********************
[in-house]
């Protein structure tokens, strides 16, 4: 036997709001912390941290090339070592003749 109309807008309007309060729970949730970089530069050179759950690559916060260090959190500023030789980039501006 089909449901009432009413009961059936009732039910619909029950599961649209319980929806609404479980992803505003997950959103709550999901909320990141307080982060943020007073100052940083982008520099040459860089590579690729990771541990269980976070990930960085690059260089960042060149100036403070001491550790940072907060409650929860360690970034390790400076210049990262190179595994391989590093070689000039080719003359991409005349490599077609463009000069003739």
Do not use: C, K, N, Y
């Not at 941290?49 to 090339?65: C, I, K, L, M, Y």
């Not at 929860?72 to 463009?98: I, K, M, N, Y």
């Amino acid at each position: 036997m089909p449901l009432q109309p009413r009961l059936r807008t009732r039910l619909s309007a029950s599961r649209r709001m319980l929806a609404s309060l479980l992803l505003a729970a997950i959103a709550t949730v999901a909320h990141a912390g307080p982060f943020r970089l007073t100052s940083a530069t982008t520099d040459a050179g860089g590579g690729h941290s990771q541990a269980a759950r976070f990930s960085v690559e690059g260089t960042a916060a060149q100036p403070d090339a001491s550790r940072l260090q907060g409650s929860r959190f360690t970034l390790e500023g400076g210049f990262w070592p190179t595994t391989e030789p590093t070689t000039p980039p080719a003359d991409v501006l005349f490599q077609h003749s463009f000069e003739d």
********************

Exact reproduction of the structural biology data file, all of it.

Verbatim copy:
[in-house]
């Protein structure tokens, strides 16, 4: 036997709001912390941290090339070592003749 109309807008309007309060729970949730970089530069050179759950690559916060260090959190500023030789980039501006 089909449901009432009413009961059936009732039910619909029950599961649209319980929806609404479980992803505003997950959103709550999901909320990141307080982060943020007073100052940083982008520099040459860089590579690729990771541990269980976070990930960085690059260089960042060149100036403070001491550790940072907060409650929860360690970034390790400076210049990262190179595994391989590093070689000039080719003359991409005349490599077609463009000069003739």
Do not use: C, K, N, Y
């Not at 941290?49 to 090339?65: C, I, K, L, M, Y």
């Not at 929860?72 to 463009?98: I, K, M, N, Y």
């Amino acid at each position: 036997m089909p449901l009432q109309p009413r009961l059936r807008t009732r039910l619909s309007a029950s599961r649209r709001m319980l929806a609404s309060l479980l992803l505003a729970a997950i959103a709550t949730v999901a909320h990141a912390g307080p982060f943020r970089l007073t100052s940083a530069t982008t520099d040459a050179g860089g590579g690729h941290s990771q541990a269980a759950r976070f990930s960085v690559e690059g260089t960042a916060a060149q100036p403070d090339a001491s550790r940072l260090q907060g409650s929860r959190f360690t970034l390790e500023g400076g210049f990262w070592p190179t595994t391989e030789p590093t070689t000039p980039p080719a003359d991409v501006l005349f490599q077609h003749s463009f000069e003739d």